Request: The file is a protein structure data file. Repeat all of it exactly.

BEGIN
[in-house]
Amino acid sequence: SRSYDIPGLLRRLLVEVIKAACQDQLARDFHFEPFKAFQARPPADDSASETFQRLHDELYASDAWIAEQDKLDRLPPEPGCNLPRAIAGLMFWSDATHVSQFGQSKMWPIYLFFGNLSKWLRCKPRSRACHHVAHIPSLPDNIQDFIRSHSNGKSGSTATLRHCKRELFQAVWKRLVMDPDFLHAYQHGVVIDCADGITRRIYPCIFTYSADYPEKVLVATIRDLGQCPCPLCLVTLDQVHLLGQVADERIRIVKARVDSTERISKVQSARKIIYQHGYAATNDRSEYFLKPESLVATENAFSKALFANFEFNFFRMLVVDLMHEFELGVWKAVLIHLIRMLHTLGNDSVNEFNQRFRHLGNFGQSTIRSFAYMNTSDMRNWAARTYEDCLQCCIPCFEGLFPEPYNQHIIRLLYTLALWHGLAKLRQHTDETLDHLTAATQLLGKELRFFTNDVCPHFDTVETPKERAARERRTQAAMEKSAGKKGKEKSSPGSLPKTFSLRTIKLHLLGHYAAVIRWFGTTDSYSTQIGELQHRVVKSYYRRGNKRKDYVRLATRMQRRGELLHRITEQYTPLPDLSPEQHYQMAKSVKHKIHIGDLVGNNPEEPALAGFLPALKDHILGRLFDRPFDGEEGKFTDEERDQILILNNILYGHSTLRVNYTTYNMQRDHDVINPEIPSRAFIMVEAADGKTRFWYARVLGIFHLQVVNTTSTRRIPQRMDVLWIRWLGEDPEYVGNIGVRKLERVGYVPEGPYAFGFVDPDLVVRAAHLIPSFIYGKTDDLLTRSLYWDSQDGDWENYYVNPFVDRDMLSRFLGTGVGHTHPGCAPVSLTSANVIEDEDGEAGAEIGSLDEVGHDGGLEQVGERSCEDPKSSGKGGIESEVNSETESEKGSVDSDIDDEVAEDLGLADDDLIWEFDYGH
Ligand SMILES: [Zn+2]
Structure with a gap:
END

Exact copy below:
[in-house]
Amino acid sequence: SRSYDIPGLLRRLLVEVIKAACQDQLARDFHFEPFKAFQARPPADDSASETFQRLHDELYASDAWIAEQDKLDRLPPEPGCNLPRAIAGLMFWSDATHVSQFGQSKMWPIYLFFGNLSKWLRCKPRSRACHHVAHIPSLPDNIQDFIRSHSNGKSGSTATLRHCKRELFQAVWKRLVMDPDFLHAYQHGVVIDCADGITRRIYPCIFTYSADYPEKVLVATIRDLGQCPCPLCLVTLDQVHLLGQVADERIRIVKARVDSTERISKVQSARKIIYQHGYAATNDRSEYFLKPESLVATENAFSKALFANFEFNFFRMLVVDLMHEFELGVWKAVLIHLIRMLHTLGNDSVNEFNQRFRHLGNFGQSTIRSFAYMNTSDMRNWAARTYEDCLQCCIPCFEGLFPEPYNQHIIRLLYTLALWHGLAKLRQHTDETLDHLTAATQLLGKELRFFTNDVCPHFDTVETPKERAARERRTQAAMEKSAGKKGKEKSSPGSLPKTFSLRTIKLHLLGHYAAVIRWFGTTDSYSTQIGELQHRVVKSYYRRGNKRKDYVRLATRMQRRGELLHRITEQYTPLPDLSPEQHYQMAKSVKHKIHIGDLVGNNPEEPALAGFLPALKDHILGRLFDRPFDGEEGKFTDEERDQILILNNILYGHSTLRVNYTTYNMQRDHDVINPEIPSRAFIMVEAADGKTRFWYARVLGIFHLQVVNTTSTRRIPQRMDVLWIRWLGEDPEYVGNIGVRKLERVGYVPEGPYAFGFVDPDLVVRAAHLIPSFIYGKTDDLLTRSLYWDSQDGDWENYYVNPFVDRDMLSRFLGTGVGHTHPGCAPVSLTSANVIEDEDGEAGAEIGSLDEVGHDGGLEQVGERSCEDPKSSGKGGIESEVNSETESEKGSVDSDIDDEVAEDLGLADDDLIWEFDYGH
Ligand SMILES: [Zn+2]
Structure with a gap: